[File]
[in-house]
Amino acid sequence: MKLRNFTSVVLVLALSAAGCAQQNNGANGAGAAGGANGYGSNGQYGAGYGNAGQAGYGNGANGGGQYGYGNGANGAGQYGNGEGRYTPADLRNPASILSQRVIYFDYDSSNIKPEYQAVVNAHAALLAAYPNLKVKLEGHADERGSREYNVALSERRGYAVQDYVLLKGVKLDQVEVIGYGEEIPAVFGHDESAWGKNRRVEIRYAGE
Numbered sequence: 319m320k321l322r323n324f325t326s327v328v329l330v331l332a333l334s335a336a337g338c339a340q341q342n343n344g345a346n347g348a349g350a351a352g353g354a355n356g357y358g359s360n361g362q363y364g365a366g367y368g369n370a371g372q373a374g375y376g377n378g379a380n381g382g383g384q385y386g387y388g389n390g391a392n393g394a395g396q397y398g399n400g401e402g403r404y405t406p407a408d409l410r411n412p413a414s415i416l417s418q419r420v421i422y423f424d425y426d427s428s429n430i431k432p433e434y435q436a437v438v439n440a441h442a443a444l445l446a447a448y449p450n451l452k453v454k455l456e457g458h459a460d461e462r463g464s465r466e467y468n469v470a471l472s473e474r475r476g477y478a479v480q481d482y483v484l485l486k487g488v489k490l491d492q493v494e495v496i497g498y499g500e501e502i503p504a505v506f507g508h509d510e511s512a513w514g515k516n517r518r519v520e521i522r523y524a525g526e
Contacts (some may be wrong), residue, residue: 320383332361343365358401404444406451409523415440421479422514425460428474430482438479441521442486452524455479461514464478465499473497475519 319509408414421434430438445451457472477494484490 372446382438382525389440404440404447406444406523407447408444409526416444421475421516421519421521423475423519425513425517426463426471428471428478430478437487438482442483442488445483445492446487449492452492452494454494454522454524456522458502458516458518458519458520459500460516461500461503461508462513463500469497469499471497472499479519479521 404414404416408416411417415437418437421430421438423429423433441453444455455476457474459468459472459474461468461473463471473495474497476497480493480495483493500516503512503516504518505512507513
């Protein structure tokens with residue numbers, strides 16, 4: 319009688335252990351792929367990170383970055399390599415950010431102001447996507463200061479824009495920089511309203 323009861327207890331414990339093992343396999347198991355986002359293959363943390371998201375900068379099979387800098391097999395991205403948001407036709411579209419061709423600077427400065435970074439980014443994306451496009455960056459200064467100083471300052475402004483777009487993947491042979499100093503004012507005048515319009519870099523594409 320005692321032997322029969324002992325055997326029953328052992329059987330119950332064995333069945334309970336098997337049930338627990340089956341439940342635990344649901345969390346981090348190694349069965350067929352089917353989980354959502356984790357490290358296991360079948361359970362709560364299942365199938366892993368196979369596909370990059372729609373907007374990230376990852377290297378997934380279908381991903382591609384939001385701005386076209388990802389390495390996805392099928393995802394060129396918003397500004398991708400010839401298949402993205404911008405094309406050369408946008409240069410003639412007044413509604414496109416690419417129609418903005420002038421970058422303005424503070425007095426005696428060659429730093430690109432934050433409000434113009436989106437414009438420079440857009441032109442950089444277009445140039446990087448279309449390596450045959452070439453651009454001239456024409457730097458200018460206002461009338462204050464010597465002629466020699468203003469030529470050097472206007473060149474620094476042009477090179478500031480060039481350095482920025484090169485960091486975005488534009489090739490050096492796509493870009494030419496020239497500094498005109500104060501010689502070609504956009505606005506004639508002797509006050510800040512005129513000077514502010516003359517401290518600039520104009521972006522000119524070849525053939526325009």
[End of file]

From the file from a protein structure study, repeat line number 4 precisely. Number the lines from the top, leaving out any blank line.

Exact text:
Contacts (some may be wrong), residue, residue: 320383332361343365358401404444406451409523415440421479422514425460428474430482438479441521442486452524455479461514464478465499473497475519 319509408414421434430438445451457472477494484490 372446382438382525389440404440404447406444406523407447408444409526416444421475421516421519421521423475423519425513425517426463426471428471428478430478437487438482442483442488445483445492446487449492452492452494454494454522454524456522458502458516458518458519458520459500460516461500461503461508462513463500469497469499471497472499479519479521 404414404416408416411417415437418437421430421438423429423433441453444455455476457474459468459472459474461468461473463471473495474497476497480493480495483493500516503512503516504518505512507513